But two federal agencies, and three Maine doctors interviewed by the Telegram, contradict that.
Dr. Jeffrey Barkin, a Maine physician who helps administer the Medicaid pharmacy benefit for 16 states, including Maine, said that excluding Butrans patches while allowing fentanyl and other opioid patches “clinically does not make a lot of sense.”
Butrans is also much more expensive than fentanyl and other opioid patches. While prices vary, the opioid patches that are not Butrans typically cost less than $100 per month.
In Maine, about one in every six opioids prescribed is either a patch or an extended-release pill. About 750,000 opioids were prescribed in Maine in 2017, according to federal data.
Street fentanyl – which is the same drug but more dangerous than prescription-grade fentanyl – is being mixed with heroin or in some cases replacing heroin. Street fentanyl is much more powerful than heroin and is fueling the most recent increases in drug overdose deaths, toxicology experts have said.
Missouri-based Express Scripts is a Fortune 100 company and one of the three largest pharmacy benefit managers in the country. Many companies use Express Scripts for employer-based health insurance. In Maine, the company manages pharmacy benefits for state employees and Community Health Options, an insurer in the Affordable Care Act’s individual marketplace.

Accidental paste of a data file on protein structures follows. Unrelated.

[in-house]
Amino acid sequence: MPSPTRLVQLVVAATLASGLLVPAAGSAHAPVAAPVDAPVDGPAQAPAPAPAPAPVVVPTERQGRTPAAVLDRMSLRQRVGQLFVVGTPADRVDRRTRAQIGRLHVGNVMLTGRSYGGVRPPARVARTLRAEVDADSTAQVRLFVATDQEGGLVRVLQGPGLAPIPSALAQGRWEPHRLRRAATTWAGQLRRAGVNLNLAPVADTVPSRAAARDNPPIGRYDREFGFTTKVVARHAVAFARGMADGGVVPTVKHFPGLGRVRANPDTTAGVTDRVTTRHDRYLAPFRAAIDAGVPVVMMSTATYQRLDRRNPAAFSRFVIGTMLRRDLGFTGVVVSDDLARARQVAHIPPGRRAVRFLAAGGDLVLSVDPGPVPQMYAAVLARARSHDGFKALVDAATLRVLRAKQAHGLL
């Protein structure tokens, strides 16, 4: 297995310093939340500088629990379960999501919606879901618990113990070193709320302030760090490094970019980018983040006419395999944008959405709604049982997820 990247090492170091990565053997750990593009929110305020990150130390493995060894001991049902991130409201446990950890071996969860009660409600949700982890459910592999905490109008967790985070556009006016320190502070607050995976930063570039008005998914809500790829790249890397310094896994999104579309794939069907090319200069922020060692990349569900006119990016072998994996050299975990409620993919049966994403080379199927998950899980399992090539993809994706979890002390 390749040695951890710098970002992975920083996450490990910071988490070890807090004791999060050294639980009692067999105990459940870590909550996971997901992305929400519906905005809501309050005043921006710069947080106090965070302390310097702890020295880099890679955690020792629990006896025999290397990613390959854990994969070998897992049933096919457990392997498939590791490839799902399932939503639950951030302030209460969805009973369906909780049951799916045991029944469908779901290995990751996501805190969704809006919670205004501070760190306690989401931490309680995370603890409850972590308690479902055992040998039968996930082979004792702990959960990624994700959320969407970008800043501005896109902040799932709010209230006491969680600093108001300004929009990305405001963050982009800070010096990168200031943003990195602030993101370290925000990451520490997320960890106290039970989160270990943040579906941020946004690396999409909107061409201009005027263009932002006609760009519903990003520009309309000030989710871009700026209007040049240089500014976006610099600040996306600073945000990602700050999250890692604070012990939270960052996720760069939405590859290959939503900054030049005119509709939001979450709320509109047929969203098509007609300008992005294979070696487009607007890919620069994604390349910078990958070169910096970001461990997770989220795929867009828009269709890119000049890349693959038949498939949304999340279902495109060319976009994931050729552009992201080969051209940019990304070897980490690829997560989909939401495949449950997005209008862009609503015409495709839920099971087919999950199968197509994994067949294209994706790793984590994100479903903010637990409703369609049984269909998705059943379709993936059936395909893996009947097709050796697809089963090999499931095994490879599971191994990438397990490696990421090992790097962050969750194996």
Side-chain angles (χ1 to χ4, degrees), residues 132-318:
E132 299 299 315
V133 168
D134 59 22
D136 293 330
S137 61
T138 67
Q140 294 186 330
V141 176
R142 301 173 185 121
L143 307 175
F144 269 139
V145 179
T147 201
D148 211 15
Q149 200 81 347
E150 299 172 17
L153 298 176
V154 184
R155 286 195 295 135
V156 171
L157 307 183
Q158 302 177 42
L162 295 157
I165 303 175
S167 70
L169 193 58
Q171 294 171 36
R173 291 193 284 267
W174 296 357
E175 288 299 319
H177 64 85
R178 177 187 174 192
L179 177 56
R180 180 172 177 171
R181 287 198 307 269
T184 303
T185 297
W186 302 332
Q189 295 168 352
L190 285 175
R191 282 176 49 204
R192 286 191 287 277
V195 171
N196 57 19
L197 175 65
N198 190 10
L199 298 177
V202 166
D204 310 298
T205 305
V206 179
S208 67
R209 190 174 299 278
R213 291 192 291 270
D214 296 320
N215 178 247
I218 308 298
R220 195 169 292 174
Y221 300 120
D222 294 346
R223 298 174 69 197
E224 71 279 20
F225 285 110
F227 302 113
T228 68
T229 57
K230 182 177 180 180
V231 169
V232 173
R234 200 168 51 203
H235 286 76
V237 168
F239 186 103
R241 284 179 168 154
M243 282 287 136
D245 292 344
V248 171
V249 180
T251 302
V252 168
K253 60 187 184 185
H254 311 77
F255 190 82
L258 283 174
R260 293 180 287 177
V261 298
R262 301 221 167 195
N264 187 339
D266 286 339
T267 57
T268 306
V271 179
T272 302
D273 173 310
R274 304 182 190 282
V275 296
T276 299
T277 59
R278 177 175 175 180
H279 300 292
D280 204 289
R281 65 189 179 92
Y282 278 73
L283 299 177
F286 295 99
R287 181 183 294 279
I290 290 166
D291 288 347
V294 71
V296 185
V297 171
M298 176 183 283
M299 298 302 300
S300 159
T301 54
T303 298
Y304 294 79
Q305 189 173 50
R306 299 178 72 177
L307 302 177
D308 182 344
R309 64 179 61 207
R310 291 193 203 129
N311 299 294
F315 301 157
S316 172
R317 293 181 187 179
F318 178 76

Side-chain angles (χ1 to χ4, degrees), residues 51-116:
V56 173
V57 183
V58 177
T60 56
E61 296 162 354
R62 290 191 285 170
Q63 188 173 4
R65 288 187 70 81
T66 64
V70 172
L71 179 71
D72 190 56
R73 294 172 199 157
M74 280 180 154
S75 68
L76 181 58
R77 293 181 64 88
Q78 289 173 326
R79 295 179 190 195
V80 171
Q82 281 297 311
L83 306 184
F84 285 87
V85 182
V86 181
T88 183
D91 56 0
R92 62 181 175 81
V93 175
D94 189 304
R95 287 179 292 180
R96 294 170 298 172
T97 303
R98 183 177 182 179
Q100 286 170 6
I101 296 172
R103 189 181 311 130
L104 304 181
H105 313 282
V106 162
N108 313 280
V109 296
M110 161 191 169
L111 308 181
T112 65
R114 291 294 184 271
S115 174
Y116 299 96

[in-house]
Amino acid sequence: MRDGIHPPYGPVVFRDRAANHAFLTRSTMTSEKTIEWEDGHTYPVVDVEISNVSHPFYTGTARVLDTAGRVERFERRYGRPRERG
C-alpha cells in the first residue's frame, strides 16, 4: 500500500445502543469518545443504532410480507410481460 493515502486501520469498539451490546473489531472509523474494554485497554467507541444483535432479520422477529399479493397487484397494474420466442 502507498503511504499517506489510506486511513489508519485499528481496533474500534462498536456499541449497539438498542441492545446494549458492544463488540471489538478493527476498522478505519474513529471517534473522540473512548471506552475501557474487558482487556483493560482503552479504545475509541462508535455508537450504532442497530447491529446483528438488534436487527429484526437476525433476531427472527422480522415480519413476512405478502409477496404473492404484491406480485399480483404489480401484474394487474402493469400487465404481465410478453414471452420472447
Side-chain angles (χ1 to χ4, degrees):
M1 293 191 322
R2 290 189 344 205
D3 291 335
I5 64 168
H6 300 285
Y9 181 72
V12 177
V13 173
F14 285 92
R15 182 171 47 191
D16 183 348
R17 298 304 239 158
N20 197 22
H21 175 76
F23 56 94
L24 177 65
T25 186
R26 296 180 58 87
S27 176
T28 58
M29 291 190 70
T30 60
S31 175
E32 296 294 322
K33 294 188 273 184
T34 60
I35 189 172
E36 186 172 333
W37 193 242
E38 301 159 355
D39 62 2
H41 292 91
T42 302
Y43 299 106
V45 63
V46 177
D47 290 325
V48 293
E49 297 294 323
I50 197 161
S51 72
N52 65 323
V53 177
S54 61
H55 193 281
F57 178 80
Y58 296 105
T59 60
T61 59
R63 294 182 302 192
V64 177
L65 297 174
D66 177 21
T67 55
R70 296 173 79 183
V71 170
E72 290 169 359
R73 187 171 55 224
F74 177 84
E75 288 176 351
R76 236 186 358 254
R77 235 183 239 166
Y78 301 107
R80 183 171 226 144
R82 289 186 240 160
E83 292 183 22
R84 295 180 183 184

“The increasing influence of (pharmacy benefits managers) is troubling,” said Gordon Smith, executive vice president of the Maine Medical Association, which represents doctors. “The money has trumped good public policy.”
Regulations that put limits on what pharmacy benefit managers can do is either weak or in its infancy, experts say.
In the Maine case and others, at issue is whether pharmacy benefit managers are hampering the ability of doctors to prescribe and pharmacists to dispense medicine.
In some cases, pharmacy benefit managers have issued “gag rules” that forbid pharmacists from telling patients that – depending on the plan and the prescription – some medications would be less expensive for the patient to purchase out-of-pocket than using their health insurance benefits.
That’s because of out-of-sight rebates that pharmacy benefit managers secure from pharmaceutical companies, experts say, making the cost of some drugs cheaper out-of-pocket, depending on a patient’s insurance plan.
States are starting to take notice and regulate pharmacy benefit managers more closely after a string of complaints. U.S. Sen. Susan Collins, R-Maine, has introduced bipartisan legislation that would forbid the “gag clauses” nationwide.
Collins, during a June health committee meeting in Congress, received support for her bill from Alex Azar, the Trump administration’s Health and Human Services secretary.